Q. I have recent moved home and I am having difficulties finding a good reliable farrier. The popular ones have waiting lists for new clients and others keep letting me down. I have asked in local tack shops and feed merchants but with no luck. Is there an easy way to find a decent farrier as they seem to be like gold dust?
Richard Gowing, president of the National Association of Farriers, Blacksmiths and Agricultural Engineers, answers: For the welfare of horses, every farrier must be registered under the Farriers Registration Act of 1975, either byholding an approved qualification or by having approved experience (prior to the Act).
The qualification you should always look for when contacting a potential farrier is a Dip WCF (Diploma of the Worshipful Company of Farriers), formerly RSS (Registered Shoeing Smith). Higher qualifications include AWCF (Associate of the Worshipful Company of Farriers) and FWCF (Fellow of the Worshipful Company of Farriers).
It is worth noting that every qualified farrier carries an ID card issued by the Council every year on payment of a retention fee. Always ask to see the card before using a new farrier – it exists for a reason and you would be amazed at how infrequently clients request proper documentation.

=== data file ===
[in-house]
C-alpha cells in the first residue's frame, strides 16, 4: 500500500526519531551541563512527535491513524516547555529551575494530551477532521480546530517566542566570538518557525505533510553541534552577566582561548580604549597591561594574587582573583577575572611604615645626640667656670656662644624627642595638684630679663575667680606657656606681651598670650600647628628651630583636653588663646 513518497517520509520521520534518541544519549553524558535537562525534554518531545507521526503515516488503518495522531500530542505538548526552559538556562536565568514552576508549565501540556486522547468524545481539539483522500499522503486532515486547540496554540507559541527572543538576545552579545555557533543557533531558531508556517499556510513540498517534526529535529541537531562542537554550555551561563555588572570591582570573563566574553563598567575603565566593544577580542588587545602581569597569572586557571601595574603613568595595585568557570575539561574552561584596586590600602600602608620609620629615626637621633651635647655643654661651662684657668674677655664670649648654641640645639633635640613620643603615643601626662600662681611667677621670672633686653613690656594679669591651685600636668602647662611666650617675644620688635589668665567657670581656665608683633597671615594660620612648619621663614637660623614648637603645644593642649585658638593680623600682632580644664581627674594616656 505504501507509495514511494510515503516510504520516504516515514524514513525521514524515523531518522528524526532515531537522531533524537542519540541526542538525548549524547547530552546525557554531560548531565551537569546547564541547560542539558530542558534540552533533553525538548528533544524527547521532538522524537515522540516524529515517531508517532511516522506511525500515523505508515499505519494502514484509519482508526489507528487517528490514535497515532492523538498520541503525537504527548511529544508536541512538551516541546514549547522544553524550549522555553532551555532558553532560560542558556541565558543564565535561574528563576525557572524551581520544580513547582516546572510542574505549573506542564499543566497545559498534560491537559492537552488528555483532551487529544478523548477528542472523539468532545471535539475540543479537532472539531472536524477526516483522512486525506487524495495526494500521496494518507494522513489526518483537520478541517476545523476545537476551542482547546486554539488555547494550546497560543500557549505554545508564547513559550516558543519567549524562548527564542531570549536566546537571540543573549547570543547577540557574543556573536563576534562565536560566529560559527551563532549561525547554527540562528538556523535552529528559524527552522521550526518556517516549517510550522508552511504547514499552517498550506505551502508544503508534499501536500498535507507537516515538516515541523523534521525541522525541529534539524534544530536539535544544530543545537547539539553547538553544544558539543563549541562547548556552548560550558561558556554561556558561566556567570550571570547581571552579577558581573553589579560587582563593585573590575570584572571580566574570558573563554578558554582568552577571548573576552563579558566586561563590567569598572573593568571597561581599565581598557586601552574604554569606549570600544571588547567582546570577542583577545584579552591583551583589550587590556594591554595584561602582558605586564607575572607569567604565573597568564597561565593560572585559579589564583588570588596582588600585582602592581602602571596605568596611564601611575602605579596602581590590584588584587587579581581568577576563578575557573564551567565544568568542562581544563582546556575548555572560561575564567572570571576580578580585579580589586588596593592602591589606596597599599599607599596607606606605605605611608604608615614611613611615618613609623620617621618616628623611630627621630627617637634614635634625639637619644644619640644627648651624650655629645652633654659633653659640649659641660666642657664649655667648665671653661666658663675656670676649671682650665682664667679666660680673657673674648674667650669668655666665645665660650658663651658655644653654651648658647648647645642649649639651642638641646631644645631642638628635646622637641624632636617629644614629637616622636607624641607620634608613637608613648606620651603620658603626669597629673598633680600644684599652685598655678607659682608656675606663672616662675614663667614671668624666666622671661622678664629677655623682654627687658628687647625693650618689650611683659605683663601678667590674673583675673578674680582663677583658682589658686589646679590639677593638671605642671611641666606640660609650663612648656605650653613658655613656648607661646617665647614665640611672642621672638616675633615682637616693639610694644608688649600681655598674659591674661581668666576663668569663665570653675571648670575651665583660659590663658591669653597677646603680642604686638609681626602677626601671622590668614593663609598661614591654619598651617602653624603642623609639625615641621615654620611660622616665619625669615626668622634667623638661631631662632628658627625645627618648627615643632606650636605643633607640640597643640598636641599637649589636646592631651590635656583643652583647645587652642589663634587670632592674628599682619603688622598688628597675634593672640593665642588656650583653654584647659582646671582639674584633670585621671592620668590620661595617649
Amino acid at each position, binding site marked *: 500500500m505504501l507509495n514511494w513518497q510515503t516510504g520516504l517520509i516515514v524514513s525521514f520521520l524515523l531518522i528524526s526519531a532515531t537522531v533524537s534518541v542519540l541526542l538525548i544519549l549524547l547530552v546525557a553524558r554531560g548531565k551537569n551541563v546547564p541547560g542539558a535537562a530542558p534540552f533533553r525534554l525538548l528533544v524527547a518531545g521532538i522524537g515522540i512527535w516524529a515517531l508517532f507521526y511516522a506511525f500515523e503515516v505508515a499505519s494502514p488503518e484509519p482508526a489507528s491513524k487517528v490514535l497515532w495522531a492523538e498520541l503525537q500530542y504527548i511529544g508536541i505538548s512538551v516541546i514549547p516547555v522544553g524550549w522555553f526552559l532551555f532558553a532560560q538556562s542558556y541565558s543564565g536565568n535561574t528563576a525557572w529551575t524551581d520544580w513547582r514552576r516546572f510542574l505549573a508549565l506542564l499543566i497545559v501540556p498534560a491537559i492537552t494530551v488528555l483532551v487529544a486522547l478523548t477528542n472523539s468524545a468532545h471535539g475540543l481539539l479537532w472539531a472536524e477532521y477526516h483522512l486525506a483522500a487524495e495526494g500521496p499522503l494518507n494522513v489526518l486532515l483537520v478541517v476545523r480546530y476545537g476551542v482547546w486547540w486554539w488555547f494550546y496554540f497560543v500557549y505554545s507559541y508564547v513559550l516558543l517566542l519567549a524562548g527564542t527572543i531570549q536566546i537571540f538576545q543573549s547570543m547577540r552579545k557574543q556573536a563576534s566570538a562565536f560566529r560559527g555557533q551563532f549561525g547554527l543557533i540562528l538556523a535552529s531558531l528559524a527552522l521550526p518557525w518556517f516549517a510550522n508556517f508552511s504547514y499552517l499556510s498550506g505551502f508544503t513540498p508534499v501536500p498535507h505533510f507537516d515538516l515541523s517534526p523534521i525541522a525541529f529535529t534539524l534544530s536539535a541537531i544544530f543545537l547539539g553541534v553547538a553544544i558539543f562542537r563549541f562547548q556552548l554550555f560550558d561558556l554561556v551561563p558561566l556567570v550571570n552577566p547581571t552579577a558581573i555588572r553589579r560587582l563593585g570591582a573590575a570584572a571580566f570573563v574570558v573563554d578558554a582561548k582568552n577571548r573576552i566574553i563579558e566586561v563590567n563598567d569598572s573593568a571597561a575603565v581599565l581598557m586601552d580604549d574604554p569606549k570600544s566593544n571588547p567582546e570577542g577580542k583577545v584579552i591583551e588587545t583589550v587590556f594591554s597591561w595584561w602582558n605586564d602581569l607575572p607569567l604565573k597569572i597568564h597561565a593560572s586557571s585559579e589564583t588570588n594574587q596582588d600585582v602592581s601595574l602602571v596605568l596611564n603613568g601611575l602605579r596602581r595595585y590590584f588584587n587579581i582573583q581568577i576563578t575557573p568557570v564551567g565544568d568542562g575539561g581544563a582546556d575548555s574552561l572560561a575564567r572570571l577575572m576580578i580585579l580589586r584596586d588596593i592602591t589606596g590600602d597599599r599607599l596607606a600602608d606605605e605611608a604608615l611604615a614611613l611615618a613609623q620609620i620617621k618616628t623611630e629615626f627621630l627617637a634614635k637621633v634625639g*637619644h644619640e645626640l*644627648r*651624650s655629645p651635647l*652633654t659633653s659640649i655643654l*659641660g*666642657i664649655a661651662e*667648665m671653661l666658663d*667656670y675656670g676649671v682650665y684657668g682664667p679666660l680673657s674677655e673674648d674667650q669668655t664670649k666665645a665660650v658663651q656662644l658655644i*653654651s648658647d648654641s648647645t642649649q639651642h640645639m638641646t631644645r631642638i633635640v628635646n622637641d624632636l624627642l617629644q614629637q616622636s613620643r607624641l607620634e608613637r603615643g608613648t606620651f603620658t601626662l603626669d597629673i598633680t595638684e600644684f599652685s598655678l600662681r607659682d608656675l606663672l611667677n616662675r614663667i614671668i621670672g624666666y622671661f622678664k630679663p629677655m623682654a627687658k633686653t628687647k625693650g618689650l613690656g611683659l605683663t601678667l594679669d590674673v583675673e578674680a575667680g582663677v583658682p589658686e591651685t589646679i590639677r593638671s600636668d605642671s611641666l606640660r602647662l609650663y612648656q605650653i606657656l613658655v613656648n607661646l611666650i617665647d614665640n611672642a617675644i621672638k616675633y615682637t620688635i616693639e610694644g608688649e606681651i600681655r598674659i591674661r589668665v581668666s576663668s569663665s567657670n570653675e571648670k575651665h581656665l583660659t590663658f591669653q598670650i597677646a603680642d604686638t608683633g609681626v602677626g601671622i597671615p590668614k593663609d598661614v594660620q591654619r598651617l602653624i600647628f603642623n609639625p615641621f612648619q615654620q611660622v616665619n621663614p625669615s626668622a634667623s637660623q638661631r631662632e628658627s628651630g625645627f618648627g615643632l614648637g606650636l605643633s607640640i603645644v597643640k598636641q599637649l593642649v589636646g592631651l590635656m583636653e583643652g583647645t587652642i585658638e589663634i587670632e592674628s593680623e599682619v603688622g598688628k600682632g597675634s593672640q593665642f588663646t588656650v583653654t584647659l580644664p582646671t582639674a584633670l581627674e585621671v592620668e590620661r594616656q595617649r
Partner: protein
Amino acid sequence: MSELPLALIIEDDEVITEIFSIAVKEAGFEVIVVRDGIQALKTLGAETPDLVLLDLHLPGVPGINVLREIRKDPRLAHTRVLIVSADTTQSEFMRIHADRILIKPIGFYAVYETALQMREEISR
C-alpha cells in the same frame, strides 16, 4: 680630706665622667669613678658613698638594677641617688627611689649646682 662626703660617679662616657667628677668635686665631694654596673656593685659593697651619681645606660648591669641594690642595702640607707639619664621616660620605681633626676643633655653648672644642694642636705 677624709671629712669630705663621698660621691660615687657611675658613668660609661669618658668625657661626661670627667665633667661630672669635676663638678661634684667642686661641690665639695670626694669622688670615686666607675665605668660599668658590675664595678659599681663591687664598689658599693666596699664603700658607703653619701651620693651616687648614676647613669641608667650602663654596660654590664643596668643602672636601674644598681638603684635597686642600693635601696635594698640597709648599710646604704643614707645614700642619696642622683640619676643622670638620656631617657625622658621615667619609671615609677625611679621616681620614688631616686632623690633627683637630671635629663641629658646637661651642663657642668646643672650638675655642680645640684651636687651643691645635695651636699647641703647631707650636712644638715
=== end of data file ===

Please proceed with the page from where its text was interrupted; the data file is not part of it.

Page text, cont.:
The Council also provides a car sticker for the farrier’s van or car window, and the colour changes annually – an up-to-date sticker for the current year is blue.
The Council has recently issued new guidelines, which its members must follow. When you seek to employ them, they should inform you that it is your responsibility to provide the following:
- A clean, dry standing area, with good light and a non-slip surface, so your horse can be shod in safety
- A secure ring to which your horse can be safely tethered.
- A work area protected from rain, wind and bad weather
As you have recently moved to a new area why not check out the Council’s area list of farriers and their qualifications. You can access this by visiting: www.farrier-reg.gov.uk
If, by any chance, you have a bad experience or are unhappy with your farrier’s conduct, complaints can be made to the Council for it toinvestigate.
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